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Macon BOE to remain non-partisan

The Macon County Board of Education was unanimously opposed  to a partisan school board race. File photo The Macon County Board of Education was unanimously opposed to a partisan school board race. File photo

Despite the intention by some commissioners to make the school board race partisan in Macon County, it will remain non-partisan, in part due to an outpouring of opposition from both the public and members of the current school board. 

“Our goal is to do what is in the best interest of Macon County students,” said School Board Chairman Jim Breedlove. “That’s all we’re trying to do.” 

The Macon County Commission first considered a resolution in support of making the election for Board of Education a partisan race during its November meeting.

However, Macon County alone does not have the power to change the format of that election. The change would have to be made through the General Assembly. Therefore, the resolution requested the legislature establish that “henceforth the party affiliation of candidates for the Macon County Board of Education be identified on any/all primary and general election ballots.” 

In November, opponents to the plan cited heightened partisanship and division, as well as lack of input from the school board regarding the resolution as the main reasons to keep the school board elected on a non-partisan basis. While commissioners John Shearl, Paul Higdon and Danny Antoine all voiced support for the change, the commission decided to table the resolution until it could garner more input.

Just a few weeks later, the school board took up the issue at its November meeting and resolved to sign a resolution opposing the change from a non-partisan to partisan school board race.

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At the Macon County Commission’s December meeting, a delegation of school board members came to speak to the commission about their opposition, and still more members of the public spoke during public comment with the same position.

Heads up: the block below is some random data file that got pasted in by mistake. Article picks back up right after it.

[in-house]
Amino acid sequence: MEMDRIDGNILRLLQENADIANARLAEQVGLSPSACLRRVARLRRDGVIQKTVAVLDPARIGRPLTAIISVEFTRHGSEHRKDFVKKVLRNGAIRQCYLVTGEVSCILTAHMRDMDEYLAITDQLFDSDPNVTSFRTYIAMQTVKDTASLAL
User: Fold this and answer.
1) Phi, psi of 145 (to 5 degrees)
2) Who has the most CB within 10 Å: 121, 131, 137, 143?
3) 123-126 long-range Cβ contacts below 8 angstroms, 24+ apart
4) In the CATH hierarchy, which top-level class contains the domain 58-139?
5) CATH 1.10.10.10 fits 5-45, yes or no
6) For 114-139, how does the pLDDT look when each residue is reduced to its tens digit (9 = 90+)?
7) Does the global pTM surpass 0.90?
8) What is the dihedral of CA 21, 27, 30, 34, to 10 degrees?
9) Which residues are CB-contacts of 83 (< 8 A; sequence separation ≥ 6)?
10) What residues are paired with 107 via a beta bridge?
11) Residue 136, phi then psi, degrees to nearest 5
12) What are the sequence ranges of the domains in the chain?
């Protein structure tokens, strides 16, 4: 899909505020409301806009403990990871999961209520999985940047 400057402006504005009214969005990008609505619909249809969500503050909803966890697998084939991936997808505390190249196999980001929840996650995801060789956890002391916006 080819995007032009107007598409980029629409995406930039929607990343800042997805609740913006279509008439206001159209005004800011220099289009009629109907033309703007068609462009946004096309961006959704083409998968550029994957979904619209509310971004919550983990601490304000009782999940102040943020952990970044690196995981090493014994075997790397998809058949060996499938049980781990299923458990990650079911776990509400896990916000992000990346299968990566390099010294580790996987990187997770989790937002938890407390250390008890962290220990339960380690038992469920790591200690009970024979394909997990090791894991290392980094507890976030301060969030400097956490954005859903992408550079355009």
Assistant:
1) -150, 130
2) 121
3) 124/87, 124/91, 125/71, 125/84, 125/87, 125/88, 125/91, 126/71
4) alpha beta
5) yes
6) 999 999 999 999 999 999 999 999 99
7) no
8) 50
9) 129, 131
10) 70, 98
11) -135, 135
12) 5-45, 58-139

“Personally, I do oppose the resolution to make our school board a partisan race,” said Macon County resident Linda Tyler. “We will learn a lot more about the candidates’ views and ideas by talking to them or reading what they have to say about the school board and what they think should be done for our citizens here than by looking at a letter that follows their name.” 

“I’m against making the board of education a partisan office,” said former Franklin Mayor Bob Scott. “If you change it, it will inject party primaries into local school issues whereas now there may be none. Then you will have school board members acting as traditional partisan politicians rather than as apolitical citizens acting only in the interest of local schools, students and our community. There is the potential of political gridlock if you decide to push for a partisan board of education.”

In addition to heightened partisanship, several residents and commissioners wanted input from the board of education, all of whom came out opposed to the change. Chairman Jim Breedlove, Hillary Willkes and Diedre Breeden spoke to the board at the December meeting to explain their opposition and ask them not to sign the resolution.

“Because of the way this was presented, I felt like there was some more professional courtesy needed in terms of us discussing this, especially because it involves your board,” said Antoine.

While Antoine was originally in favor of the resolution in support of a partisan race for school board, he said that after hearing input from the public and the school board, he changed his mind.

“After listening to you guys, I’m definitely supportive of what you all have stated tonight,” Antoine said after listening to input from school board members at the December meeting. “My position has changed because of being able to hear your side of this.” 

Shearl remained in support of a partisan school board race, saying that politics is “in every breath that we take.” He said that the board took up the issue without input from the school board originally because the issue was beyond Macon County Schools and that the school board has “very limited power when it comes to how the school system actually operates.” 

The motion to terminate the resolution in support of a partisan school board race passed, 4-1, with Shearl being the lone dissenting vote.  

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